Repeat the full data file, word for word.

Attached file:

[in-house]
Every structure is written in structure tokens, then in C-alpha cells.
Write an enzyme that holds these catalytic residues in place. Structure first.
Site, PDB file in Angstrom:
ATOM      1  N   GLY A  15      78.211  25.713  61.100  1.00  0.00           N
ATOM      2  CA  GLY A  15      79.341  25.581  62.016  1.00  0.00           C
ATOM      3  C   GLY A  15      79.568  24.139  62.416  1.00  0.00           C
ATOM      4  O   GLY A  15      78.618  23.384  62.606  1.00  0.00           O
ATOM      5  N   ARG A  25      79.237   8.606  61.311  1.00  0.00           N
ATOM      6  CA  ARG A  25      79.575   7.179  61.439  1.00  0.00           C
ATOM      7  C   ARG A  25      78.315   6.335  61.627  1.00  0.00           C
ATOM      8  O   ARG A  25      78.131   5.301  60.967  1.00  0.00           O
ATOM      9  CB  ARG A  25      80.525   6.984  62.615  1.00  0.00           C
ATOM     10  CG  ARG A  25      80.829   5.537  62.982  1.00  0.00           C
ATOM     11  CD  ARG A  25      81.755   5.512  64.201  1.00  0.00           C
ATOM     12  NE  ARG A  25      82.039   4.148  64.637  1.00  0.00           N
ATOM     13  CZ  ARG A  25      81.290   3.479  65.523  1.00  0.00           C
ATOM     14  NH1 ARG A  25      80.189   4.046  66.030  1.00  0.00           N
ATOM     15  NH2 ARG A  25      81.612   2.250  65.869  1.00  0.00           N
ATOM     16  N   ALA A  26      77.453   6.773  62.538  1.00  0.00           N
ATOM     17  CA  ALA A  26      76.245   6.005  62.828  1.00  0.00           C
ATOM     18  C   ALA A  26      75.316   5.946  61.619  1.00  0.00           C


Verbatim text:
[in-house]
Every structure is written in structure tokens, then in C-alpha cells.
Write an enzyme that holds these catalytic residues in place. Structure first.
Site, PDB file in Angstrom:
ATOM      1  N   GLY A  15      78.211  25.713  61.100  1.00  0.00           N
ATOM      2  CA  GLY A  15      79.341  25.581  62.016  1.00  0.00           C
ATOM      3  C   GLY A  15      79.568  24.139  62.416  1.00  0.00           C
ATOM      4  O   GLY A  15      78.618  23.384  62.606  1.00  0.00           O
ATOM      5  N   ARG A  25      79.237   8.606  61.311  1.00  0.00           N
ATOM      6  CA  ARG A  25      79.575   7.179  61.439  1.00  0.00           C
ATOM      7  C   ARG A  25      78.315   6.335  61.627  1.00  0.00           C
ATOM      8  O   ARG A  25      78.131   5.301  60.967  1.00  0.00           O
ATOM      9  CB  ARG A  25      80.525   6.984  62.615  1.00  0.00           C
ATOM     10  CG  ARG A  25      80.829   5.537  62.982  1.00  0.00           C
ATOM     11  CD  ARG A  25      81.755   5.512  64.201  1.00  0.00           C
ATOM     12  NE  ARG A  25      82.039   4.148  64.637  1.00  0.00           N
ATOM     13  CZ  ARG A  25      81.290   3.479  65.523  1.00  0.00           C
ATOM     14  NH1 ARG A  25      80.189   4.046  66.030  1.00  0.00           N
ATOM     15  NH2 ARG A  25      81.612   2.250  65.869  1.00  0.00           N
ATOM     16  N   ALA A  26      77.453   6.773  62.538  1.00  0.00           N
ATOM     17  CA  ALA A  26      76.245   6.005  62.828  1.00  0.00           C
ATOM     18  C   ALA A  26      75.316   5.946  61.619  1.00  0.00           C